In parallel, insurance will help to transfer and manage emerging risks. Traditional coverages – such as liability, casualty, health and life insurance – will need to be adapted to protect consumers and businesses alike. Insurance will need to better address certain exposures to businesses such as a cyber-attack, business interruption, product recall and reputational damage resulting from a negative incident. In addition, disruption to social norms will drive the need for solutions like “universal basic income” and other income protection schemes, likely backstopped by the evolution of current income protection insurance solutions.
AI raises concerns around personal data, particularly the extent to which this can be used to increase intelligence of agents. Data protection regulation in Europe already contains conspicuous limitations to adoption of AI systems. Businesses will need to reduce, hedge or financially cover themselves from the risks of non-compliance with new data protection regulations in future.
Meanwhile, assignment and coverage of liability will become more challenging in future. The application of new liability insurance models will likely be adopted – in areas such as autonomous driving, for example – increasing the pressure on manufacturers and software vendors and decreasing the strict liability of consumers.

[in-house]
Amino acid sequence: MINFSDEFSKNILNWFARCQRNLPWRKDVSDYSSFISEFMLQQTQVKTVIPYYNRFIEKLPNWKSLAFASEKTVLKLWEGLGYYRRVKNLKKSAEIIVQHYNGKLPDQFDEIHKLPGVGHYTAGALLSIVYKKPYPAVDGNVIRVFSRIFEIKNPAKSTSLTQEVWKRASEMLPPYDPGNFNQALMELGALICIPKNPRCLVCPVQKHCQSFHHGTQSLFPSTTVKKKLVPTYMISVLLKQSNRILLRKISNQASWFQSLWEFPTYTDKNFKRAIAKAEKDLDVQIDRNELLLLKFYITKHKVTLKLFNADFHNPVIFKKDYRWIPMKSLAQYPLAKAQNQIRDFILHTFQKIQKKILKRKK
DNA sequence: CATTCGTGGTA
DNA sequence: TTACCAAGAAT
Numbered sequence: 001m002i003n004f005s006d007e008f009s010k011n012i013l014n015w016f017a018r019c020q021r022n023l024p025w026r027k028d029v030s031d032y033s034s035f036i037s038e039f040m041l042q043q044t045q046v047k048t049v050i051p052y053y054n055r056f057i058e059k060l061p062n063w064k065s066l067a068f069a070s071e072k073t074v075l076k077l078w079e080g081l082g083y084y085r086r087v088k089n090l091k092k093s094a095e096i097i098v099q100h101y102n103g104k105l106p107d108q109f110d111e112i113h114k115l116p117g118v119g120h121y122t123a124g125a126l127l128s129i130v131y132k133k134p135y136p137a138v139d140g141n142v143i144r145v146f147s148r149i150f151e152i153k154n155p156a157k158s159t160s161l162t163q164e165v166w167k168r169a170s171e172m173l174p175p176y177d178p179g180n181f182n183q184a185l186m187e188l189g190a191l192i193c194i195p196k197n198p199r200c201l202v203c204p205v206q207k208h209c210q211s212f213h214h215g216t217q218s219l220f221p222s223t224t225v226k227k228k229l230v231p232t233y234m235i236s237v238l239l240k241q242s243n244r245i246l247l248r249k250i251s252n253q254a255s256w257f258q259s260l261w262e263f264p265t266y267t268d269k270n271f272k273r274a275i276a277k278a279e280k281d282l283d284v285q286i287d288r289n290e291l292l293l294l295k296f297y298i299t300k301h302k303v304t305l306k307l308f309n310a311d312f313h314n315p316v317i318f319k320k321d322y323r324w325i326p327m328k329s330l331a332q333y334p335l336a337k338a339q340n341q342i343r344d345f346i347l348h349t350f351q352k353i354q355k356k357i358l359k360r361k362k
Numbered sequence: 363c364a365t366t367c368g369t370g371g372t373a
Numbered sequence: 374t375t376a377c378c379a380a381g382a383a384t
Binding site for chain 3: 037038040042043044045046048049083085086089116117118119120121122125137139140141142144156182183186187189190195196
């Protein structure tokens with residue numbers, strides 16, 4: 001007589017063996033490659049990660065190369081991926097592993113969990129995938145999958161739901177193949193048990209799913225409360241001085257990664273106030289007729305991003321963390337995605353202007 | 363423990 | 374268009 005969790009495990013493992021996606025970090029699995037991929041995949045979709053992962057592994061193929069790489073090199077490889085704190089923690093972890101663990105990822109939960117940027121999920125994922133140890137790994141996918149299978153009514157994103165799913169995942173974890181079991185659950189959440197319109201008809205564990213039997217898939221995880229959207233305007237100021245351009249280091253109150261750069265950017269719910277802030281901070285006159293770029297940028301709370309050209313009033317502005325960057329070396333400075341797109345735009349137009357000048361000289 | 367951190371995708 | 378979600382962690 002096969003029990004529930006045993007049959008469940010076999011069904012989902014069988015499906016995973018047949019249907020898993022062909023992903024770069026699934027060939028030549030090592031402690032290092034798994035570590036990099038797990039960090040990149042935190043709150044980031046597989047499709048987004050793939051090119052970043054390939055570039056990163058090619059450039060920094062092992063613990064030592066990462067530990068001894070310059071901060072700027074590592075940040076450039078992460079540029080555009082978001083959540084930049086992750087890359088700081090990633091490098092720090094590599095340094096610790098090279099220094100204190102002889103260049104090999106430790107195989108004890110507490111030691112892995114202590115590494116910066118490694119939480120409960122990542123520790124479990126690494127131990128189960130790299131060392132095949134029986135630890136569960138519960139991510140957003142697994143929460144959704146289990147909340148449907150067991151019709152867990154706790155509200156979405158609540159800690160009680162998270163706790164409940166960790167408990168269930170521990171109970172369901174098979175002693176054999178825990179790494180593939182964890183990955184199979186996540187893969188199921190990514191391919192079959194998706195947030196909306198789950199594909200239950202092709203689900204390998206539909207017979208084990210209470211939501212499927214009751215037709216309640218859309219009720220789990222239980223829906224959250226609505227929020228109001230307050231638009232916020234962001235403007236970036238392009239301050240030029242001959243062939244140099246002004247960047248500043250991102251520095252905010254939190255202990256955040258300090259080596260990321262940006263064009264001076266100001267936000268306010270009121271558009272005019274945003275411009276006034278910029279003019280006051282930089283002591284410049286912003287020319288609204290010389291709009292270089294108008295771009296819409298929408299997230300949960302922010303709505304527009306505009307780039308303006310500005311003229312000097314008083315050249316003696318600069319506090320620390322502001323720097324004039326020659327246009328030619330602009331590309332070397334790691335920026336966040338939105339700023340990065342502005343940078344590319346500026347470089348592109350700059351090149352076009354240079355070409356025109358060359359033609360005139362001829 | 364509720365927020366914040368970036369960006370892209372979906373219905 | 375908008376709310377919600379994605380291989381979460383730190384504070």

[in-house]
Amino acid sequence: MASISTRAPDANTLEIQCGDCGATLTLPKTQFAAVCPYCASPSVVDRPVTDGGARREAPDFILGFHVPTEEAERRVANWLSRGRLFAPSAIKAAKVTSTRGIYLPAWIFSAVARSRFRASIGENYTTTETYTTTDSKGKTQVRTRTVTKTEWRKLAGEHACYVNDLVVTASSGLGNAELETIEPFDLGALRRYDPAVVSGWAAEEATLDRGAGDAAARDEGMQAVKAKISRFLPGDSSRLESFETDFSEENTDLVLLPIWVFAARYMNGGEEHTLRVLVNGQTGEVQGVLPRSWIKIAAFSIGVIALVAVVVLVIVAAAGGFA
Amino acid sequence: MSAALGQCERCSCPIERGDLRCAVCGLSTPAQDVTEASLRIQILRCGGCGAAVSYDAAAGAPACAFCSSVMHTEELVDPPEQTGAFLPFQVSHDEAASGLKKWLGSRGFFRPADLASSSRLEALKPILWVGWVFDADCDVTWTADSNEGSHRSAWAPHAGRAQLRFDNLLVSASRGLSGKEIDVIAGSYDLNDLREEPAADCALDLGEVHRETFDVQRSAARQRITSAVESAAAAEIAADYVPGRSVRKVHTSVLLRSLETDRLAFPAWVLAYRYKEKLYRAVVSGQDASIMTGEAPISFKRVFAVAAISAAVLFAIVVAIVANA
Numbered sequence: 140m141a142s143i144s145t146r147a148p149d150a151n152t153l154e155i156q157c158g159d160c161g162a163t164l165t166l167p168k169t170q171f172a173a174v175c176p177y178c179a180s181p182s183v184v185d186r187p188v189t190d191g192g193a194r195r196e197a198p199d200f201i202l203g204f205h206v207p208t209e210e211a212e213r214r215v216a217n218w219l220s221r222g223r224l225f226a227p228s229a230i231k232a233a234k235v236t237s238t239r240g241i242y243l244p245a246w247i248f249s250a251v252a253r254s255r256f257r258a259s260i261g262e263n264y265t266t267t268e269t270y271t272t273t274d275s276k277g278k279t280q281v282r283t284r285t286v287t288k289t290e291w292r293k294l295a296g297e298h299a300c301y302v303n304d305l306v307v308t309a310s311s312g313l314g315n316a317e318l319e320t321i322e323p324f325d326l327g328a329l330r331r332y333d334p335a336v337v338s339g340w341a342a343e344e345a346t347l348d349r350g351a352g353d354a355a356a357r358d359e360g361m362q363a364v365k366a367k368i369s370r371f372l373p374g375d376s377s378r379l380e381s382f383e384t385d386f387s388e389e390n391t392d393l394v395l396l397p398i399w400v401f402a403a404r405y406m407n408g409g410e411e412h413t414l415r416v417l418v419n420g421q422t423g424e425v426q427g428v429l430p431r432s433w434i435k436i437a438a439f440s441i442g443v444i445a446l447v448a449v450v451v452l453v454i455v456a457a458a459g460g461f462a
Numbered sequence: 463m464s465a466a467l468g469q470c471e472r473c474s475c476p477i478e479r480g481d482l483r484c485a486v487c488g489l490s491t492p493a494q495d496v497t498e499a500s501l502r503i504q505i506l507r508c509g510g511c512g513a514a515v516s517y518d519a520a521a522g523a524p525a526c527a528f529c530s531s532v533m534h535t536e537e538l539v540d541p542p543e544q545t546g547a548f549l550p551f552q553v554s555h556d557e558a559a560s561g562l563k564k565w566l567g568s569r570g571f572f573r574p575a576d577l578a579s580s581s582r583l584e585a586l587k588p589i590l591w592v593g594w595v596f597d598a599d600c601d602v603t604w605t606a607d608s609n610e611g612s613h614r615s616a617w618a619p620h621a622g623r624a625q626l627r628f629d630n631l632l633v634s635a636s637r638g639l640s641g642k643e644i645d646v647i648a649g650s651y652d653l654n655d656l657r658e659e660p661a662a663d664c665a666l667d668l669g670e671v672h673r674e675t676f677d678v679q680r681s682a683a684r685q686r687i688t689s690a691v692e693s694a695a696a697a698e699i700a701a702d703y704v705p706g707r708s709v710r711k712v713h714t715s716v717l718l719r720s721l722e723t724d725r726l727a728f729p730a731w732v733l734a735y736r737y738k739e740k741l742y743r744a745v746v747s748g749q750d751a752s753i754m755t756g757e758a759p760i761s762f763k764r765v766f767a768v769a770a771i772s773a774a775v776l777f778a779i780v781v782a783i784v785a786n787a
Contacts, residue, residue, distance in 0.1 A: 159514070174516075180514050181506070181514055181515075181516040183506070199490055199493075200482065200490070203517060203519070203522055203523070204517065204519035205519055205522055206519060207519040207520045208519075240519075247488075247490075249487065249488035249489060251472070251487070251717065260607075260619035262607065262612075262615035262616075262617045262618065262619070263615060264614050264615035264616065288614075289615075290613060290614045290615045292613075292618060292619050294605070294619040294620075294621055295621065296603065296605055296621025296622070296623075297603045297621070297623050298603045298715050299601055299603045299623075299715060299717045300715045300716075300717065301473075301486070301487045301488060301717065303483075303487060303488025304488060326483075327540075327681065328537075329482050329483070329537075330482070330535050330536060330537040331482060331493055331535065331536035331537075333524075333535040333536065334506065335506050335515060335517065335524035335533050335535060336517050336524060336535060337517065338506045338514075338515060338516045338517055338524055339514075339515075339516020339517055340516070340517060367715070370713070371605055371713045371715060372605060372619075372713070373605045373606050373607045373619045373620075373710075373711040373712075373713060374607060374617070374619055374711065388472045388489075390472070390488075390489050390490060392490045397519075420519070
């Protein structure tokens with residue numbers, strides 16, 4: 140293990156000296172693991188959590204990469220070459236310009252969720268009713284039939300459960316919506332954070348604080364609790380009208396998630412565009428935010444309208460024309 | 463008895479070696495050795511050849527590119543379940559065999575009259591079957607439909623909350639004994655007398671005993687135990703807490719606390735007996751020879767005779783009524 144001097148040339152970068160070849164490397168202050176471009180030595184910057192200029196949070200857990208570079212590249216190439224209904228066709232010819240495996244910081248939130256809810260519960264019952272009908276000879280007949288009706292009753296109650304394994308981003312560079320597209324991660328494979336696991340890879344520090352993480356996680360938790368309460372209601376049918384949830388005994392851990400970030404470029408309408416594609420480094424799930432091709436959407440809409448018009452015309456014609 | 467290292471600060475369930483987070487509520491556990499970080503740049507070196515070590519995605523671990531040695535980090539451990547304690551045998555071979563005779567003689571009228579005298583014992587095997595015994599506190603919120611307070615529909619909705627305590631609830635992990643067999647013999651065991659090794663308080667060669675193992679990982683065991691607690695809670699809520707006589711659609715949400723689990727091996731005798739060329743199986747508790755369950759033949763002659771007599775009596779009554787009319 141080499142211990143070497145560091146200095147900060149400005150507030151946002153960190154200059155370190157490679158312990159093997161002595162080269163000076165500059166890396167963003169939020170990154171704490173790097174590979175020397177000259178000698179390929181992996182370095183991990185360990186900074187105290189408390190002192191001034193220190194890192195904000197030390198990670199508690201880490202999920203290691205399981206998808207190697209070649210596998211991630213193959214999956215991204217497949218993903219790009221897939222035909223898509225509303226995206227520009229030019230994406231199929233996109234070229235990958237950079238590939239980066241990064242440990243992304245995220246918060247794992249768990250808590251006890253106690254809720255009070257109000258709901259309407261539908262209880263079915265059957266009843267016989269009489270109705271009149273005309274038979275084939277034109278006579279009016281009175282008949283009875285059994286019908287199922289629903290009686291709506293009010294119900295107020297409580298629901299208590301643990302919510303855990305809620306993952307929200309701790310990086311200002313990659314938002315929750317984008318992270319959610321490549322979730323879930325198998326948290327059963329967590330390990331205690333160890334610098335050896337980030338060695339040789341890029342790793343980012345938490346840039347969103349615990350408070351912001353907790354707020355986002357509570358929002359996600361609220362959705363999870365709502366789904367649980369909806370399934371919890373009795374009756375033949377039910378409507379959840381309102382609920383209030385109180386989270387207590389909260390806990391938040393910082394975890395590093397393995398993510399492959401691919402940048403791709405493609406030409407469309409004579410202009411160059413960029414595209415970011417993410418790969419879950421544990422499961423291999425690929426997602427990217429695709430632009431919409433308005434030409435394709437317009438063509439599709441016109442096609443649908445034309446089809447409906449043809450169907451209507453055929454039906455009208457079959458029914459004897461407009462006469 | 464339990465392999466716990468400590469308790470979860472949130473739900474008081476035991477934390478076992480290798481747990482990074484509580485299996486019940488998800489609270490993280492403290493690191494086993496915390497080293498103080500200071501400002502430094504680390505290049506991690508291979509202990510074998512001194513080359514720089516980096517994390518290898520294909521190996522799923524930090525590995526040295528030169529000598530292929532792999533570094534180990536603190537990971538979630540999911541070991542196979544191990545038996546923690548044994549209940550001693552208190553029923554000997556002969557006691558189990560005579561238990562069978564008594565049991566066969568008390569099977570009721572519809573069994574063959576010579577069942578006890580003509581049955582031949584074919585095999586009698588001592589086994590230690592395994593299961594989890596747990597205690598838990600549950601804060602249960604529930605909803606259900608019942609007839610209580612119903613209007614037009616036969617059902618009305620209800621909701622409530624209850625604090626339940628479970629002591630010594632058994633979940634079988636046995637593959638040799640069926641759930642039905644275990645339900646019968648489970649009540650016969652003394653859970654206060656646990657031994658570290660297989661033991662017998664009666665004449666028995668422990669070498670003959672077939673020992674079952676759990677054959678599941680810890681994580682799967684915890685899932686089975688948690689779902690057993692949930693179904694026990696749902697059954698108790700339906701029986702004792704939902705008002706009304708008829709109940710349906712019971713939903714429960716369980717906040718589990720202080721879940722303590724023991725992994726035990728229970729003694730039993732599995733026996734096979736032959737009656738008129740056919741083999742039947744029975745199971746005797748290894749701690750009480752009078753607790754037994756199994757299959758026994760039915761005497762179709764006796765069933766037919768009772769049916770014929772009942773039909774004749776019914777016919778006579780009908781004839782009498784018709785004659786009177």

However, AI will bring benefits to insurers as well as new risks. AI applications will improve the insurance transaction process, with many benefits already apparent. Customer needs can be better identified. Policies can be issued, and claims processed, faster and more cheaply. Large corporate risks, such as business interruptions, cyber security threats or macroeconomic crises, can be better predicted. Chatbots can assist customers on a 24/7 basis.
Finally, insights gained from data and AI-powered analytics could expand the boundaries of insurability, extending existing products, as well as giving rise to new risk transfer solutions in areas such as non-damage business interruption and reputational damage.
 Accenture, How AI boosts industry profits and innovation, June 21, 2017
 Allianz Risk Barometer 2018. Based on 1,911 risk expert respondents
 Lloyd’s, Extreme cyber-attack could cost as much as Superstorm Sandy, July 17, 2017
 Allianz Risk Barometer 2018. Outage scenario is based on 50,000 companies in three specific industry sectors (financial, healthcare and retail) being impacted for 12 hours, Cyence Risk Analytics